As you continue reading the seventh chapter of Matthew’s gospel, you will find that Jesus continues this progression of contrasting two distinct realities. “Beware of false prophets, which come to you in sheep’s clothing, but inwardly they are ravening wolves. Ye shall know them by their fruits. Do men gather grapes of thorns, or figs of thistles? Even so every good tree bringeth forth good fruit; but a corrupt tree bringeth forth evil fruit. A good tree cannot bring forth evil fruit, neither can a corrupt tree bring forth good fruit. Every tree that bringeth not forth good fruit is hewn down, and cast into the fire. Wherefore by their fruits ye shall know them” (Matthew 7:15-20). Within this particular set of verses, Jesus makes something incredibly clear—the type of tree determines the type of fruit that is brought forth from it. YOUR GATE DETERMINES YOUR PATH! YOUR TREE DETERMINES YOUR FRUIT! What gate are you entering through? What tree are you becoming? Jesus boldly and plainly declared that you cannot receive good fruit from a bad or corrupt tree, and you cannot receive bad fruit from a good tree. The underlying principle is inevitably and invariably this—the type and quality of the tree will determine the type and quality of the fruit that is produced. Jesus declared that “you shall know them by their fruit,” but what is not stated but implied in this passage is that while you will know them by their fruits, you will know what type of tree they are by the fruit they produce! Jesus declared that fruit was the gauge of truly knowing another, but what we must also see is that the type and quality of the fruit will determine what type of tree has produced that fruit. To illustrate this point even further, it’s necessary to journey to the New Testament book of Galatians, which the apostle Paul wrote to the church in Galatia. In this passage, the apostle Paul first begins by describing the corrupt and evil tree and its fruit, while next describing the good tree and the good fruit. “Now the works of the flesh [a corrupt tree] are manifest, which are these; adultery, fornication, uncleanness, lasciviousness, idolatry, witchcraft, hatred, variance, emulations, wrath, strife, seditions, heresies, envyings, murders, drunkenness, revealing, and such like: of the which I tell you before, as I have also told you in time past, they they which do such things shall not inherit the kingdom of God” (Galatians 5:19-21). These words describe both the corrupt tree, as well as the corrupt, evil and wicked fruit which is produced from that tree. As you continue reading, however, you will notice a different tree producing a different fruit. “But the fruit of the Spirit is love, joy, peace, long suffering, gentleness, goodness, faith, meekness, temperance: against such there is no law” (Galatians 5:22-23). The underlying question must not only be around what type of fruit you are producing, but what type of tree you have become and are becoming.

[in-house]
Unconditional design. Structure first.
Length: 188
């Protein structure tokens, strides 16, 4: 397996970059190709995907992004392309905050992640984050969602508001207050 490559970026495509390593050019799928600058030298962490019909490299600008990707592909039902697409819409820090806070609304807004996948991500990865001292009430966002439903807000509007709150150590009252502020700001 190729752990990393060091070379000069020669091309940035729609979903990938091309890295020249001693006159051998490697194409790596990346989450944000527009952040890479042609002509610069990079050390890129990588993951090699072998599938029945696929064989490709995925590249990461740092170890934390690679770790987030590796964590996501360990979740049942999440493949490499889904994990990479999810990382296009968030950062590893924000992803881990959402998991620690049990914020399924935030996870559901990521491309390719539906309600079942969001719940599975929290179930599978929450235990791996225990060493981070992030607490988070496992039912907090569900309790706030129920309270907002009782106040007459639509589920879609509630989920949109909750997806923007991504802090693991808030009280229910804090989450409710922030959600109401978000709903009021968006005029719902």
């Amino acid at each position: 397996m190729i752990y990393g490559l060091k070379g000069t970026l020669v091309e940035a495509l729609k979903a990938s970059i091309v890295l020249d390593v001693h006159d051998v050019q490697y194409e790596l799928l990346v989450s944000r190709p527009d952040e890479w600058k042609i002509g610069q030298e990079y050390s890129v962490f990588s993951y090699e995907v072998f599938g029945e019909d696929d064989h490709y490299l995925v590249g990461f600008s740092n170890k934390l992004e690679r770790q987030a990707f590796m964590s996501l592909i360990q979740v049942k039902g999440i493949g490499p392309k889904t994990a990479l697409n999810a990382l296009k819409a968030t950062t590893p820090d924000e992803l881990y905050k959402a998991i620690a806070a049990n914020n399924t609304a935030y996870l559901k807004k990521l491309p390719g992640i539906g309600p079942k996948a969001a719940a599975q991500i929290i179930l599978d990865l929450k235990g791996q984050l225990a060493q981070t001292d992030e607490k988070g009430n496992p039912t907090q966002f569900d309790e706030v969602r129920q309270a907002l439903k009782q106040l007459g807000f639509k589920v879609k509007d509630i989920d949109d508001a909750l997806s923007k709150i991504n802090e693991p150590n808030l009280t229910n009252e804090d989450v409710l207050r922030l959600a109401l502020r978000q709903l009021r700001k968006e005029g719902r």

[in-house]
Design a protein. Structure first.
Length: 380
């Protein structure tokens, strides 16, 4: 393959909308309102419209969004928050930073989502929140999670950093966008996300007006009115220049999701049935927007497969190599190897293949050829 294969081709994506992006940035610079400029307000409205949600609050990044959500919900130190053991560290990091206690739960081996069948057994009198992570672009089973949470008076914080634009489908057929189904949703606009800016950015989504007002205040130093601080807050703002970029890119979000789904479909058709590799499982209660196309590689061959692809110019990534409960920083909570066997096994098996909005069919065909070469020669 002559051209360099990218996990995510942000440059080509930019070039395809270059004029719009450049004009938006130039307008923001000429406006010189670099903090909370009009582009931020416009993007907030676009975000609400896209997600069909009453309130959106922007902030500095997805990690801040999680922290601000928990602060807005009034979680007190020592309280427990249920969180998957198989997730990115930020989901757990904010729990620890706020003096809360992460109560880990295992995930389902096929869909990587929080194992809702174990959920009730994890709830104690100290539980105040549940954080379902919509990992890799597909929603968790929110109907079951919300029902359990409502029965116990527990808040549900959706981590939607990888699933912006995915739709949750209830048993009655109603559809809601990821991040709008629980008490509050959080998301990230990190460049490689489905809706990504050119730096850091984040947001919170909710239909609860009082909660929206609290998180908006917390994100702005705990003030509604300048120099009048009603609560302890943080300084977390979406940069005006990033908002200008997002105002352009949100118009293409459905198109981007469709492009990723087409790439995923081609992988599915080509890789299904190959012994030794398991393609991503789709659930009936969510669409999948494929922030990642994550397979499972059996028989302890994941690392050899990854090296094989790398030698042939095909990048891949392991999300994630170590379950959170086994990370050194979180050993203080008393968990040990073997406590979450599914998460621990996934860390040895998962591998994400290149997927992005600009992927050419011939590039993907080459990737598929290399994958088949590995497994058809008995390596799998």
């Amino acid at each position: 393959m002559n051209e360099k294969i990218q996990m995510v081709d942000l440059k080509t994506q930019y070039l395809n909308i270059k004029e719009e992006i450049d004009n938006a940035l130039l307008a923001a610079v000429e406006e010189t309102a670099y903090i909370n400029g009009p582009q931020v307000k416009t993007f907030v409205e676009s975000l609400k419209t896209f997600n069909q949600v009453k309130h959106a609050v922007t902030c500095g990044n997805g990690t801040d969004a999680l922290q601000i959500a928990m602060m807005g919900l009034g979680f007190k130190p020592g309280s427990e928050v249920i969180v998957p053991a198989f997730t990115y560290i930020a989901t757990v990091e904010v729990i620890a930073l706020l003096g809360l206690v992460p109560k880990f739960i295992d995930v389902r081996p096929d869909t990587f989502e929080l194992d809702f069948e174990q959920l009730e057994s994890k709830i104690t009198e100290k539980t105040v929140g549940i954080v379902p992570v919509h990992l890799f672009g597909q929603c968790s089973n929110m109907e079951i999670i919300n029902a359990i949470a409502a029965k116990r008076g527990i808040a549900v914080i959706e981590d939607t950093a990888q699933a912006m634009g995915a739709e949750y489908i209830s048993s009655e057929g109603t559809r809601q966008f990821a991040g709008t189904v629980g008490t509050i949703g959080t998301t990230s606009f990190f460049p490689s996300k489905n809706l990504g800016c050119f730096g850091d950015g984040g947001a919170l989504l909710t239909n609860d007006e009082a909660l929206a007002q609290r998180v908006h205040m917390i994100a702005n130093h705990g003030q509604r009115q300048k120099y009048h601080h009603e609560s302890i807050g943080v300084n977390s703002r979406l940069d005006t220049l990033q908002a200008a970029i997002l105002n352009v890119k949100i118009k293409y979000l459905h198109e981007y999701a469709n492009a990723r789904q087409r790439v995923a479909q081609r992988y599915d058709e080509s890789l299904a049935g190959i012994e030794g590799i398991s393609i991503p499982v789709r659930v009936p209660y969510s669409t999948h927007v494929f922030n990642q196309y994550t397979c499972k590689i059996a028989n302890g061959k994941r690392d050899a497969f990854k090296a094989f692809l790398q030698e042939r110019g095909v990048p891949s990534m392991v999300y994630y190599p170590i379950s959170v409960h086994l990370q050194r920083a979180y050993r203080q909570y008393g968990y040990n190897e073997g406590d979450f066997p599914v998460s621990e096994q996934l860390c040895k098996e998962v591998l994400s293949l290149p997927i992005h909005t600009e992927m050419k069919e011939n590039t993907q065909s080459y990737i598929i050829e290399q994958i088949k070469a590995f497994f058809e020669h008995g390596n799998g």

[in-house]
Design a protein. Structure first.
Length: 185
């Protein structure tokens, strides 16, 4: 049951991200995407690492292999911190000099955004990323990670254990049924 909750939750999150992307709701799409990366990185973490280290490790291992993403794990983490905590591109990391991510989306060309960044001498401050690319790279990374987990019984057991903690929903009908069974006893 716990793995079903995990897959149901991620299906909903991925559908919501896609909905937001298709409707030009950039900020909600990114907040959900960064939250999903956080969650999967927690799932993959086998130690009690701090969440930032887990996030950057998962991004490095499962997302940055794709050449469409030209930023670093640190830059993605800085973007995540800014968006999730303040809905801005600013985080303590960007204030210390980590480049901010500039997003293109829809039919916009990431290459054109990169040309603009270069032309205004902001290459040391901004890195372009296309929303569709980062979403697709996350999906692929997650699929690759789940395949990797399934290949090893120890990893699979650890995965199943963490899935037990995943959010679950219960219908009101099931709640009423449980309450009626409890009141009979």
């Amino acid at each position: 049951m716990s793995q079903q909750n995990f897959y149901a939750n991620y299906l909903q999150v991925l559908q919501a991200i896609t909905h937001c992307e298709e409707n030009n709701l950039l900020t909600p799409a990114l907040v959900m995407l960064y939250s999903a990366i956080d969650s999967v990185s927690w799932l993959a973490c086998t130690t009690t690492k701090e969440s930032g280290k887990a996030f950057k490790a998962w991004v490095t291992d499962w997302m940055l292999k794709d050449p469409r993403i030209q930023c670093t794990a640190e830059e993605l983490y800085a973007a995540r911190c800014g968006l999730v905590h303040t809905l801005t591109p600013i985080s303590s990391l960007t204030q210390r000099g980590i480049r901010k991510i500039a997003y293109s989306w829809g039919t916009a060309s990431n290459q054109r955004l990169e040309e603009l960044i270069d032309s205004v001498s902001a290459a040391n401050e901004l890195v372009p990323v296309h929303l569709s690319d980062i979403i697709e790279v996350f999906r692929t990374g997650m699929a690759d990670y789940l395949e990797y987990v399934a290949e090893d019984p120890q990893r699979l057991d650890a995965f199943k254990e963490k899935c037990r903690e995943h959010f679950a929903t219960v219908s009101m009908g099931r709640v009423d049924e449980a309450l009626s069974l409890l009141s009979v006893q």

The seventh chapter—and ultimately the Sermon on the Mount itself—concludes with one final comparison which Jesus sets forth. This particular comparison is one of the most widely known comparisons in all of Scripture, for most know about the wise man and the foolish man. “Therefore whosoever heareth these sayings of mine, and doeth them, I will liken him unto a wise man, which built his house upon a rock: and the rain descended, and the floods came, and the winds blew, and beat upon that house; and it fell not: for it was founded upon a rock. And every one that hearth these sayings of mine, and doeth them not, shall be likened unto a foolish man, which built his house upon the sand, and the rain descended, and the floods came, and the winds blew, and beat upon that house; and it fell: and great was the fall of it” (Matthew 7:24-27). YOUR GATE DETERMINES YOUR PATH! YOUR TREE DETERMINES YOUR FRUIT! YOUR FOUNDATION DETERMINES YOUR SECURITY! In this passage, Jesus made one point abundantly and crucially clear—the reality that where you choose to build your house, and what you choose to build your house upon can and will determine whether or not your house will stand in the midst of the storm. What’s quite interesting about this passage is that both the wise man and the foolish man experienced the rain descending, the floods coming, and the winds blowing, yet the comparison was not in the experiencing of the storm. STORMS NEVER REVEAL THE COMPARISON WITHIN OUR LIVES! Notice that the storm didn’t reveal the house, or even the nature of the house, but the foundation of the house. Jesus made absolutely no statement concerning what the house was built and made of, but what the house was built upon. This is important, for more important than the nature and materials of the house we have built is the foundation upon which that house was built. The storm(s) didn’t reveal the nature and condition of the house, but the nature and condition of the foundation. If you want to truly understand the significance and importance of Jesus’ words, it’s not that the foolish man experienced the storm and the wise man didn’t experience the storm—He causes the sun to shine on the just and on the unjust; He causes rain to fall on the just and on the unjust. What’s more, is that wisdom in this passage isn’t expressed based on how the one handled and weathered the storm, but rather the foundation upon which the one had built their house. It isn’t necessarily how you handle or weather a storm that is the key and underlying factor, for it is the foundation upon which you have chosen to build your house that is most important. Notice that Jesus wasn’t concerning with the house itself, or even the materials the house was made up of, but the foundation upon which the houses were built.